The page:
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From "George S." <>
Subject Re: [OT] Accessing HREF Target from Servlet
Date Sat, 29 Jun 2013 17:44:32 GMT

On 6/29/13 9:29 AM, André Warnier wrote:
> George S. wrote:
>> I have a question. I'm doing some oAuth stuff, and the remote site is 
>> redirecting me to:
>> my_url.html#something=blah&other_thing=blah-blah
>> I can see this is the url in the redirect of my browser bar.
>> What I can't figure out is how to access the part of the URL after 
>> the pound sign. I've tried getRequestURI(), getPathInfo(), 
>> getServletPath(), getPathTranslated(), and nothing is working. Also, 
>> the elements are (correctly) not showing up in the parameters 
>> collection.
>> How can I get that part of the URL from inside a servlet?
> Hi.
> Apart from the answers you already got, and because I am curious :
> You seem to say above that this is part of some "Auth" stuff, so I 
> have 2 questions about that :
> 1) Why would you need to access that part after the "#" for Auth stuff ?
> Intuitively, the part after the "#" is inside of a page. So if access 
> to the page is already granted/forbidden by the Auth stuff, the part 
> inside of the page should not matter.
I'm doing facebook graph api authentication. In the login cycle, you 
send the user to a page facebook page, and you provide that page with a 
redirect_url. After the user does their login through facebook, they get 
redirected back to the url you supplied. In a case of freakish bizarre 
(for a server-side developer), the access token you get is not a 
parameter on the request. IOW, the redirect is to 
"your_redirect_url.html#access_token=blah", not 
"your_redirect_url.html?access_token=blah". The whole mess is documented 

The part about the token being in the URL but not in the query string 
isn't documented there, but it's documented on another page. I'm 
guessing the reason they did this is so that the access_token would not 
show up in the log files of the destination server.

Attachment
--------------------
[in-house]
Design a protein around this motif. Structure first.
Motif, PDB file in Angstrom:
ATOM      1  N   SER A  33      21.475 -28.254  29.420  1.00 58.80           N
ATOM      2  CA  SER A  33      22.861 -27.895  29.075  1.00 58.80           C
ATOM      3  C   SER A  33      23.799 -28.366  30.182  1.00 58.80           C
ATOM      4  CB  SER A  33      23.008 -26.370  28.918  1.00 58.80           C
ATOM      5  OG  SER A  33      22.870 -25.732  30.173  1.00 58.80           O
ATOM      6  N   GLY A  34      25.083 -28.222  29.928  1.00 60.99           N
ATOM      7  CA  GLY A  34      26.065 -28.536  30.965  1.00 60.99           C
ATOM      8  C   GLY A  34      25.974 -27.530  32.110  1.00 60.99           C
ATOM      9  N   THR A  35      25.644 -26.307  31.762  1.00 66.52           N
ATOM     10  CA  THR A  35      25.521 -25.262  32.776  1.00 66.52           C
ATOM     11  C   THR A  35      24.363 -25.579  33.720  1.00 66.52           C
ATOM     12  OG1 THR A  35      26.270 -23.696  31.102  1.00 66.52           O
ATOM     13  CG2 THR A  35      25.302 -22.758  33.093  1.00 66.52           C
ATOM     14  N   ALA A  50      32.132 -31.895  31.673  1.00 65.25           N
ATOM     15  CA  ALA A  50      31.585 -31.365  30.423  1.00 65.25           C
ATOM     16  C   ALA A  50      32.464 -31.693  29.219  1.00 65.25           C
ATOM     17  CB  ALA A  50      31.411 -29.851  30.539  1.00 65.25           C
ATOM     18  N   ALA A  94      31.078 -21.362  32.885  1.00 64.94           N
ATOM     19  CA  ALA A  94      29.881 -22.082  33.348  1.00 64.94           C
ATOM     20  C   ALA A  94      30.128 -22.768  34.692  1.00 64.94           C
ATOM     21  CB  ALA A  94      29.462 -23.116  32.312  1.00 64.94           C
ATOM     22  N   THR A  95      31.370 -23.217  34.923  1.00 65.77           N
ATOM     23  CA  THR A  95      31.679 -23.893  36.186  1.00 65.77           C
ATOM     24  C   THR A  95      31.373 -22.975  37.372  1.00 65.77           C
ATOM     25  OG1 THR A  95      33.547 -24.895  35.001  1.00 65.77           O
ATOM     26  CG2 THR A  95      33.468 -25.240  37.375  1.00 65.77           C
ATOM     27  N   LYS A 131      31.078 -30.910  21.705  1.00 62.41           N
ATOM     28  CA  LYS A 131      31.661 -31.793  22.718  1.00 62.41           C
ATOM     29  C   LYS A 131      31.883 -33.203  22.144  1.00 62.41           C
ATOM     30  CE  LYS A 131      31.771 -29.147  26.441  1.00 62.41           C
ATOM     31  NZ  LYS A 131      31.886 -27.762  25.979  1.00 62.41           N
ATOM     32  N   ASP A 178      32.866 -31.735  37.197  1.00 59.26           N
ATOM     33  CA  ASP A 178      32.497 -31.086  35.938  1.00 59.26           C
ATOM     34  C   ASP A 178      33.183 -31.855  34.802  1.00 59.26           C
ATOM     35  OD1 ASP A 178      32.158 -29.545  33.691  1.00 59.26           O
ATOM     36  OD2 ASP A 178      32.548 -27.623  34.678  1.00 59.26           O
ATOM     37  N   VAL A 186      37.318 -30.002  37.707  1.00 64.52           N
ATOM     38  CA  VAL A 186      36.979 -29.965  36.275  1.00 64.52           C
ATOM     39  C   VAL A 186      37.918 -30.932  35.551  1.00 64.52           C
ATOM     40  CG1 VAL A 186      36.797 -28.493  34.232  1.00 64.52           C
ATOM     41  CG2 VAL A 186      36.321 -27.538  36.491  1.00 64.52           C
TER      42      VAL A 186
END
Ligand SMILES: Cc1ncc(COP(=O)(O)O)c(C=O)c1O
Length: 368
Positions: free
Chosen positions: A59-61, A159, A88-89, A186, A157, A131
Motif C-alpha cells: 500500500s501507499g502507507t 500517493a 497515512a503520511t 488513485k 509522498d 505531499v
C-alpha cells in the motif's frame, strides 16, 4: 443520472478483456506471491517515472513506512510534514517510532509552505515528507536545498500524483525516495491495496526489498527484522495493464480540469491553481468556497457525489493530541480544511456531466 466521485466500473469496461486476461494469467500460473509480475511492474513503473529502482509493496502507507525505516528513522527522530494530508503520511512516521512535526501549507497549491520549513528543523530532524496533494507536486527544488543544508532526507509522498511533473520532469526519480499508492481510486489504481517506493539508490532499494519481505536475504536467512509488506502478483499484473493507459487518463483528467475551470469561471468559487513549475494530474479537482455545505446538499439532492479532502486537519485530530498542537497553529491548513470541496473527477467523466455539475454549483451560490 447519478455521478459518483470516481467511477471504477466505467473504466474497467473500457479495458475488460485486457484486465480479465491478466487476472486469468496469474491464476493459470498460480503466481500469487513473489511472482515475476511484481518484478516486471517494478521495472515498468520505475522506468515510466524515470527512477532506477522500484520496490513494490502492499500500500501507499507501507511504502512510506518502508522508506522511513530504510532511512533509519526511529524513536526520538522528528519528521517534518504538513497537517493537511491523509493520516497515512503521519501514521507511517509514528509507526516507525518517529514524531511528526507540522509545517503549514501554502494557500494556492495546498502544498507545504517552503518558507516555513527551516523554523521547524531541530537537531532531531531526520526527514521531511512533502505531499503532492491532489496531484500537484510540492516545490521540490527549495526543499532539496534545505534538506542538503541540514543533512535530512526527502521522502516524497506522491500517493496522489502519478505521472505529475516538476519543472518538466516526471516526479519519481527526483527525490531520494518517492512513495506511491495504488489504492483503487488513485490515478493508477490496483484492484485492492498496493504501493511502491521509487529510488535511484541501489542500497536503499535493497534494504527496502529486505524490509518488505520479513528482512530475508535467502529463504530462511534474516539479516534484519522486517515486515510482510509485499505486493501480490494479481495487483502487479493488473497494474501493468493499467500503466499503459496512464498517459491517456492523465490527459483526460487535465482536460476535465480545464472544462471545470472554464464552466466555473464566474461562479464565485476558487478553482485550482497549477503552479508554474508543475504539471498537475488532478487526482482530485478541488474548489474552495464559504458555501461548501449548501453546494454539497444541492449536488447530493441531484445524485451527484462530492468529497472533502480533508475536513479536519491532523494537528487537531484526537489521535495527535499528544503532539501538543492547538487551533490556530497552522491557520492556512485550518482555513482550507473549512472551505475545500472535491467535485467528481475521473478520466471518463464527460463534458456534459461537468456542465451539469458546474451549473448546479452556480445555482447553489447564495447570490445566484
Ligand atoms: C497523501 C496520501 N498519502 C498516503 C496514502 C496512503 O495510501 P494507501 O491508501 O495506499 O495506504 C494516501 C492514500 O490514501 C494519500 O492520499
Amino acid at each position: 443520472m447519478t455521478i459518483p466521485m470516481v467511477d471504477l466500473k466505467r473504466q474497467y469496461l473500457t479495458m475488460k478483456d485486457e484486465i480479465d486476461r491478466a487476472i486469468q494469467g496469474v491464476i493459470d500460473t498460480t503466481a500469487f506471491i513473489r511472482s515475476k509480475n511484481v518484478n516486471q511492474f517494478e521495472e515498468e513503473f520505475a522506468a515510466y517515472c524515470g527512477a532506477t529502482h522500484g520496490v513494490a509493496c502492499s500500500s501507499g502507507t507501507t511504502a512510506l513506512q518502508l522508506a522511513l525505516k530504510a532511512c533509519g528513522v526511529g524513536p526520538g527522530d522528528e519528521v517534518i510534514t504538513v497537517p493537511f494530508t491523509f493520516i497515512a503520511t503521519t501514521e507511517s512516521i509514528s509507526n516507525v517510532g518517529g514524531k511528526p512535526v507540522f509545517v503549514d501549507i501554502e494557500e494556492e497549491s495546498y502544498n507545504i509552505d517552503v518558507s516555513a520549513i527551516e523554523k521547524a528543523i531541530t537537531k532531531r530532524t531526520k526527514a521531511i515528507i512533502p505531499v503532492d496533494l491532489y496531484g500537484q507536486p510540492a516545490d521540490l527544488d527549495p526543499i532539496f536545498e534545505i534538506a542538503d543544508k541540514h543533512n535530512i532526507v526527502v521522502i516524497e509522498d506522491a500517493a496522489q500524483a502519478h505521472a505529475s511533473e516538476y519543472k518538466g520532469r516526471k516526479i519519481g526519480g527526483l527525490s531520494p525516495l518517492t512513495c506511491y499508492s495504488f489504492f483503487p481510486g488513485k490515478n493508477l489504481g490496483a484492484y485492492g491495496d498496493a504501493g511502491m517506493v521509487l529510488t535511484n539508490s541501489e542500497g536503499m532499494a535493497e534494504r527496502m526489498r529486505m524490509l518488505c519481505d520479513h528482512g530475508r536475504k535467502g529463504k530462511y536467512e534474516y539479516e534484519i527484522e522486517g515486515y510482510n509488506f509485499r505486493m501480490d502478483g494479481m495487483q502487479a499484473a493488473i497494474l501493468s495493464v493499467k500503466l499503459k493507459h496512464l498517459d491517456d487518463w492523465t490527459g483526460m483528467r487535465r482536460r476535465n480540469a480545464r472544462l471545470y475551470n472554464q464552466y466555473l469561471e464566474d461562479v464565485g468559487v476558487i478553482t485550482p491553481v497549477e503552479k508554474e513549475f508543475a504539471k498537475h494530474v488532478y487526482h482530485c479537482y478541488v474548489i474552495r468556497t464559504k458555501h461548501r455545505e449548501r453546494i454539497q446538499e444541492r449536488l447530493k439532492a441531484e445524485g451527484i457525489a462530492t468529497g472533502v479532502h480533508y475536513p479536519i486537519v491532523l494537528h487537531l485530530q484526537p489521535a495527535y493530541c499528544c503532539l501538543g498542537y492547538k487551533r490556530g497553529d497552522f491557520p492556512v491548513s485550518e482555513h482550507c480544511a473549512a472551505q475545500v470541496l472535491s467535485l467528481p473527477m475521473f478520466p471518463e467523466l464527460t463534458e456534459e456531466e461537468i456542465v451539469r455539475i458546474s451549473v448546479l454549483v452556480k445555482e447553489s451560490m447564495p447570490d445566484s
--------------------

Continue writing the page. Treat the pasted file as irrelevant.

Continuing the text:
> 2) you also mention (later) that you will be using Javascript to solve 
> the issue.
> That means that by the time the Javascript is executed, the page is 
> already in the browser.  From a security point of view, anything that 
> is already in the browser can be saved by the user, modified, loaded 
> again and submitted to the server.
The token is an opaque value, that's authorized by the user, so I'm not 
concerned about what the user sees. In short, it's their token and they 
can't do anything with it that they can't do while logged into facebook.

When my page loads in the redirect, I look for the anchor href and if I 
see it, then I set a form field, and submit the form. Tomcat doesn't log 
form fields for POSTS, so I don't have the log security issue to worry 

> So is there not a risk here in doing something with Javascript ?
Security is something I'm trying to really wrap my head around. I've 
been given these tokens, which may be long-lived, and the question I'm 
trying to come to grips with is how I can prevent them from being 
exposed in the event of a server compromise. Also, part of the facebook 
app api is an "app secret" that is essentially a key. I also want to 
figure out how to keep that from being exposed if the server were 
compromised. It's not that I'm paranoid, its just I know people are out 
to get me :)

If you've got any really great solutions, I'd be interested. My current 
thinking is to create an encryption/decryption service as a bean, and 
provide access to it through JNDI. After a server re-start, I would call 
a page that would decrypt the private key for the encryption bean. The 
next part I need to understand is how to limit access to the bean. IOW, 
if joe user pops a JSP page into the server, he should not be able to 
gain access to the bean. I'm running Tomcat in a security manager, so I 
think I can use that as part of the solution.

Again, any insights are appreciated. I'm really not an expert on the 
security manager, or jndi.

> Just being curious, and I can live without the answers.
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George Sexton
MH Software, Inc.
303 438-9585

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